Jan 252013
 

 

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Jumpers prepare themselves for the cold water during the 17th Annual Polar Bear Plunge held at East Carolina University's Student Recreation Center outdoor pool on Thursday, Jan. 24, 2013.   (Aileen Devlin/The Daily Reflector)

Aileen Devlin/The Daily Reflecto

Jumpers prepare themselves for the cold water during the 17th Annual Polar Bear Plunge held at East Carolina University’s Student Recreation Center outdoor pool on Thursday, Jan. 24, 2013. (Aileen Devlin/The Daily Reflector)

By Katherine Ayers

Friday, January 25, 2013

About 1,100 East Carolina University students took the “Polar Bear Plunge” into the 42-degree university Student Recreation Center’s outdoor pool Thursday evening as temperatures headed toward the teens and forecasts called for the possibility of frozen precipitation today.

Jon Wall, plunge coordinator, said the event started 17 years ago with 35 students participating as a way to celebrate the opening of the Student Recreation Center.

“Now it’s become a tradition,” he said. “Most people (who participate) are just proud to say they’ve done it.”

Waiting in line to fill out the required waiver, freshman Morgan Comer said she was taking the plunge for “the adrenaline rush.”

“I want to jump for the heck of it,” she said. “And to be part of an ECU tradition.”

Wall said students are only in the water for 20 seconds or less and they have the option of hopping into the indoor pool to warm up after they have finished the plunge. To keep all jumpers safe, he said lifeguards lined the edges of the pool, rec center employees were on hand to explain the rules and a nurse was available for anyone needing assistance.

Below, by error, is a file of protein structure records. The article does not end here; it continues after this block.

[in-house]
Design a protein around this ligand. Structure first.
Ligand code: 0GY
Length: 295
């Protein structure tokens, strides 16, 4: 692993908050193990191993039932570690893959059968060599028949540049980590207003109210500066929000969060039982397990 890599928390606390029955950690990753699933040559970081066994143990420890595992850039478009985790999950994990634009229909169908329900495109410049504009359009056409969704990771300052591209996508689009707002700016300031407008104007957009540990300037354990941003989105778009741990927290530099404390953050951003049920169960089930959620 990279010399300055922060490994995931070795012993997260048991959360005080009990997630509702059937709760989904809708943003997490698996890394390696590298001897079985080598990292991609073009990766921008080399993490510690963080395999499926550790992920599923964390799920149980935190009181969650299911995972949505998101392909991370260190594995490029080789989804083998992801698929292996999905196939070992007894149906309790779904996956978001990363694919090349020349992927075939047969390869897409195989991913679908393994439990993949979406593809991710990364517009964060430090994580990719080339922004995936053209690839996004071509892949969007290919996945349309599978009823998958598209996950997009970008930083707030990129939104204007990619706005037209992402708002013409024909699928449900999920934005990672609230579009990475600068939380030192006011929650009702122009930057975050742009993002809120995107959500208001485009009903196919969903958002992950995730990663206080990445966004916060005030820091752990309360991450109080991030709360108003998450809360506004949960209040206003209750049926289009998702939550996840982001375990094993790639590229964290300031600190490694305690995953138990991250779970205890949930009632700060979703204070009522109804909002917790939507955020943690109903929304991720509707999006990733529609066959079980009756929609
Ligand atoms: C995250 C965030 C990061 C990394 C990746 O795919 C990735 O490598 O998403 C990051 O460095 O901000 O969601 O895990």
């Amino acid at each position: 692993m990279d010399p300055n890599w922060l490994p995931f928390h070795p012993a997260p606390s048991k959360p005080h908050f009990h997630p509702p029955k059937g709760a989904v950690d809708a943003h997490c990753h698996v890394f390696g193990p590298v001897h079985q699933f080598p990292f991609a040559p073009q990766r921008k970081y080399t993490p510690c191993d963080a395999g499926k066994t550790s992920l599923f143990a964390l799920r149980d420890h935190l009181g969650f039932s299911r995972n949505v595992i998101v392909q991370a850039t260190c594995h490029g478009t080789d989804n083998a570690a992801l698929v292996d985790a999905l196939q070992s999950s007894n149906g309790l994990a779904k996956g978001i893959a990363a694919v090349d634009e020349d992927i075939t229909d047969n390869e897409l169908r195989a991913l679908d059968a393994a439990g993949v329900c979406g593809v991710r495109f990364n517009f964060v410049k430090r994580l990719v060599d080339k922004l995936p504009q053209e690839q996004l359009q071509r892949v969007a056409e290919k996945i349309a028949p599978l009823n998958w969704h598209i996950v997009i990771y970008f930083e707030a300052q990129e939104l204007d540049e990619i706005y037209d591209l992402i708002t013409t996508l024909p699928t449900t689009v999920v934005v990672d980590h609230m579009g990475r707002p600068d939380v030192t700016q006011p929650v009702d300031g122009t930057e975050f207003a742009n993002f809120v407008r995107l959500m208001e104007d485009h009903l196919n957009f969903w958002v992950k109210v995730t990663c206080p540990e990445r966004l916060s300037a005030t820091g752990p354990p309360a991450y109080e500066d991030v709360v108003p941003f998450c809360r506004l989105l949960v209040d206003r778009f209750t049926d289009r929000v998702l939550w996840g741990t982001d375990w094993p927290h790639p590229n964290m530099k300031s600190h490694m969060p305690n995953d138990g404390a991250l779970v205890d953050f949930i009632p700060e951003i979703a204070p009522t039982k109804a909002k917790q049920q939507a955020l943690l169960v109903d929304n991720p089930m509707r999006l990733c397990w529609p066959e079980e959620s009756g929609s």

In addition to the main event, the rec center offered free food and sponsored a “Get a Clue” involvement fair that provided information on other programs, activities and organizations on campus.

In light of today’s forecast, N.C. Department of Transportation crews worked to spread brine on about 350 miles of Pitt County roads on Thursday afternoon.

The brine, a mixture of rock salt and water, helps delay the road icing that is expected this afternoon and evening. Six crews concentrated their efforts on the county’s primary highways — U.S. 264 and N.C. 11, 33 and 43.

“It’s not a cure-all, but it’s a big help,” Joe Ross, a local DOT transportation supervisor, said.

The City of Greenville had not salted the streets by Thursday evening, but Public Works Director Kevin Mulligan said in an email the city’s equipment is ready should the need arise. Mulligan said the police, fire, parks and recreation, and public works departments will meet this morning to determine the most likely path of the “weather event.”

The ECU Pirate Express late-night bus service has been canceled for tonight with other cancellations possible, according to ECU Transit. People are advised to visit www.ecu.edu/transit for the latest cancellations.

The high today is expected to reach 36 degrees with a wintry mix developing this afternoon with rain, freezing rain and sleet likely before 10 p.m., then a chance of rain or freezing drizzle between 10 p.m. and 1 a.m., according to the National Weather Service. The low overnight is expected to be 28 degrees.

Contact Katherine Ayers at kayers@reflector.com and 252-329-9567. Follow her on Twitter @KatieAyersGDR.

via The Daily Reflector.

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